The 1887 Kimball Champions set is a multi-sport issue featuring only four baseball players. Unlike the Hall of Famers found in similar multi-sport sets produced around the same time (i.e. Allen & Ginter’s sets, N162 Goodwin Champions set), this set doesn’t feature Hall of Famers.
Here’s a look at the four players and their Kimball Champions cards, cataloged by Jefferson Burdick as the N184 set.
E.A. Burch – Champion Fielder
Burch didn’t have a long career, entering the game in 1884 and his final season, 1887, ironically was the year of release for this set. He probably had the least notable career of all of the players. Burch had a career batting average of .260 in his three seasons with the Cleveland Blues and Brooklyn in the National League and American Association. While called a champion fielder on his card, there’s nothing to really indicate that was a specialty. Burch’s inclusion here seems the most curious of the four players. He was a well-known minor league player, suiting up for several teams and managing the Peoria Canaries to a 1st place finish in 1890 as a player/manager.
He would pass away shortly after his 36th birthday in 1892. His Kimball Champions card starts around $300-$400 in decent condition.
Dell Darling – Ultimate Utility Player
Dell Darling had one of the more interesting lives of the four players included in the Goodwin Champions set. As a ballplayer, he was known for playing just about everywhere. Darling was most known for being a catcher, playing about half his career there. His Kimball Champions card calls him a “Champion Base Ball Catcher.”
But he also was seen all over the diamond as he played all four infield positions and also in the outfield. A career .240 hitter, his real value was his role in the field as the ultimate utility man. Off the field, Darling was involved in a few interesting circumstances.
First, while a player, he was linked to a series of train robberies and named as ‘complicit’ in those activities, though his exact involvement was unclear. After his playing career, he worked as a painter and blacksmith while also owning a restaurant. He also died young at the age of 42 (causes unknown) with his widowed wife marrying one of his ex-teammates a few years later. When you can find it, his card is usually starting in the $200-$300 range.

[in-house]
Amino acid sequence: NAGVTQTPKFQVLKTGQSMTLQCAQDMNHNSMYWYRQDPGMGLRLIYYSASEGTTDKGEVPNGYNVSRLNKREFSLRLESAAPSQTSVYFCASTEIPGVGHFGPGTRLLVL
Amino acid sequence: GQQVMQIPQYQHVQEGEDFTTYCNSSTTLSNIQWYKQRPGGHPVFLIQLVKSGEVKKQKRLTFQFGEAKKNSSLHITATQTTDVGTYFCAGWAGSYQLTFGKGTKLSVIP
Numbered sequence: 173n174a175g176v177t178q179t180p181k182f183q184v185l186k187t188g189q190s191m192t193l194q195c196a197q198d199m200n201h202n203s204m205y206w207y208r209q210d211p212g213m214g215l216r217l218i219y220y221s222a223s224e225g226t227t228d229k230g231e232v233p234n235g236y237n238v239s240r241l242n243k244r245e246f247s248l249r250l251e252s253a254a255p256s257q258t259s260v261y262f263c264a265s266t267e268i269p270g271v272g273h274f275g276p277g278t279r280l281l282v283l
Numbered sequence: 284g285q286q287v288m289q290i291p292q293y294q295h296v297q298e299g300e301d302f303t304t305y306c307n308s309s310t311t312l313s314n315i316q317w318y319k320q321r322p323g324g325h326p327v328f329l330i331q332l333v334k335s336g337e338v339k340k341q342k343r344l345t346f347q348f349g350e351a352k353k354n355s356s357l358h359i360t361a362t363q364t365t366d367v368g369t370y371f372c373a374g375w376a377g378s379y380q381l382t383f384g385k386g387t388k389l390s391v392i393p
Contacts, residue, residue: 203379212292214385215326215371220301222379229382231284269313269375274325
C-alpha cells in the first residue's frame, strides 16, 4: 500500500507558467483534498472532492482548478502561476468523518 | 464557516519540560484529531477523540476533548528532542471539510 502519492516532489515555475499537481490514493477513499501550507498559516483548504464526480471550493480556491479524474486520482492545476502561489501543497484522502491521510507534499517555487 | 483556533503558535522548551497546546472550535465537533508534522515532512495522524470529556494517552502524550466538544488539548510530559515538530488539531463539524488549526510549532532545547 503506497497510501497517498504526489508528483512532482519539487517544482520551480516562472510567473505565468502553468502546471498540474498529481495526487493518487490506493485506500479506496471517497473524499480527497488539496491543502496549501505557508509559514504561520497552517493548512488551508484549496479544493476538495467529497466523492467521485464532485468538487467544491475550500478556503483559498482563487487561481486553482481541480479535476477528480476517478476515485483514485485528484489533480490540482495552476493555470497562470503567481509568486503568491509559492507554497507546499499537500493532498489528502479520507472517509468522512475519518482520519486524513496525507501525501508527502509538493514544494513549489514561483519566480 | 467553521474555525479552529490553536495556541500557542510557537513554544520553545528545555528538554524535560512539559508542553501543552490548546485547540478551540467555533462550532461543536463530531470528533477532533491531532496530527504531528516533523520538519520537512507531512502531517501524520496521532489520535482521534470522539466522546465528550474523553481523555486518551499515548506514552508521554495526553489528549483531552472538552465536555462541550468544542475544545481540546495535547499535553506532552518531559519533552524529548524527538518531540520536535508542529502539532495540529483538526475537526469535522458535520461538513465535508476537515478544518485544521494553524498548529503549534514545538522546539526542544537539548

Hardie Henderson – Pitcher Turned Umpire
Like Burch and Darling, Hardie Henderson had a modest playing career. To his credit, he did last six years in the majors. Despite his card touting him as a ‘Champion Base Ball Pitcher’, he isn’t nearly as well known for his winning as he was his losing.
A career 81-120 pitcher, he did a great deal of the latter. In his first season, he had an astounding 10-33 record with the Philadelphia Quakers and Baltimore Orioles. By 1884, he was much better. He still lost 23 games but won 27 in a remarkable turnaround. That would be the sole winning year of his career, though, and Henderson would lose a league-best 35 games in 1885. Henderson’s 1885 season was remarkably bad. He not only led the league in losses, but also in walks, wild pitches, earned runs, and hits given up.
Henderson would go on to become an umpire after his playing career before an untimely death at the age of 40 when he was run over by a train. His card starts around $300-$400 in decent shape.
Tip O’Neill – A Legendary Season
Rounding out the players in the Kimball Champions set was Tip O’Neill. This wasn’t the politician Tip O’Neill, obviously. Instead, this one was an outfielder lasting ten years in the majors.
While there are no Hall of Famers in this group, O’Neill easily had the best playing career. He helped the St. Louis Browns to the 1886 World Series, won two batting titles, and won the 1887 Triple Crown, leading the league in virtually every offensive category, including hits, average, home runs, runs, doubles, triples, RBI, on base percentage, slugging percentage, OPS, and total bases.
More than 125 years later, it remains one of baseball’s greatest seasons of all time. O’Neill’s card, recognizing his offensive prowess that season, called him a “Champion Base Ball Batter.” O’Neill’s cards usually begin in the $300-$400 range for mid-grade cards at the lower end of the scale.